Physically and stylistically the Venezuelan, who is on a season-long loan from West Bromwich Albion, fits the traditional mould of a Magpies centre-forward.
He is strong in the air, makes intelligent runs in behind and can finish chances with either foot. It is easy to see why Rafa Benitez was so keen to bring the 28-year-old to the club.
The variety of the goals Rondon scores is impressive.
Rondon is known for his aerial prowess. He became only the second PL player to score a hat-trick of headers after a stunning 13-minute salvo against Swansea City in December 2016.
At West Brom this attribute was used at every opportunity, with long balls fired towards his head from wide and deep areas.
Newcastle are not as direct as Rondon's parent club but Benitez does like a focal point at the top of the pitch.
When he recruited Joselu from Stoke City in 2017 he had those qualities in mind. But the Spaniard has struggled in front of goal.
It will be interesting to see how often Newcastle test Tottenham Hotspur's central defenders in the air with crosses and high balls on Saturday.
The Magpies' midfield runners should be looking for second-ball knockdowns.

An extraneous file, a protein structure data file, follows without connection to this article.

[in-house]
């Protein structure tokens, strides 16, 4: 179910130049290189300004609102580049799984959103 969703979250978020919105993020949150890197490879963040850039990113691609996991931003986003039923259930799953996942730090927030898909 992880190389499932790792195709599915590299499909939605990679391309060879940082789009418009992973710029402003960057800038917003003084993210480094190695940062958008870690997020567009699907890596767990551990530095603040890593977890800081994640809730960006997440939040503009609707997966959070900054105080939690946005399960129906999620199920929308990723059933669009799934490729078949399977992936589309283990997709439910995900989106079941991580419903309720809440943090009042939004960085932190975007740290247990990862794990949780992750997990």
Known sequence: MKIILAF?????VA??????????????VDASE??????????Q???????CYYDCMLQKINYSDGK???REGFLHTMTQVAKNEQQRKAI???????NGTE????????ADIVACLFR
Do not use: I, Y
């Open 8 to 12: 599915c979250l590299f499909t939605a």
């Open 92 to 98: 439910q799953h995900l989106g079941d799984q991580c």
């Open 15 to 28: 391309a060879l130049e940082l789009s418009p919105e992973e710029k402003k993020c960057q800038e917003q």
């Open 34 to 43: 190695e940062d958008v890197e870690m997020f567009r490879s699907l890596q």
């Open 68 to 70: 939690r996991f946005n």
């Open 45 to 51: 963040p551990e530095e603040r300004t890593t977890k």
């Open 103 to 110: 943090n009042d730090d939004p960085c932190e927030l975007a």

Jonjo Shelvey's long-range distribution is one of Newcastle's best assets.
He can turn defence into attack with one pass from distance and the deep-lying playmaker loves to test opponents with through-balls over the top.
Shelvey is likely to enjoy playing with Rondon.
The South American makes excellent runs and is very good at darting in beyond his markers when there is space to run into.
His first three goals last season all stemmed from one v ones.
He latched on to lofted through-balls to score against Watford and Stoke City, and the other against Spurs came from a turnover.
Rondon is a powerful runner and is hard to knock off the ball when released in those situations.
The Shelvey-Rondon combination is one to watch out for - for Newcastle supporters and Spurs' players.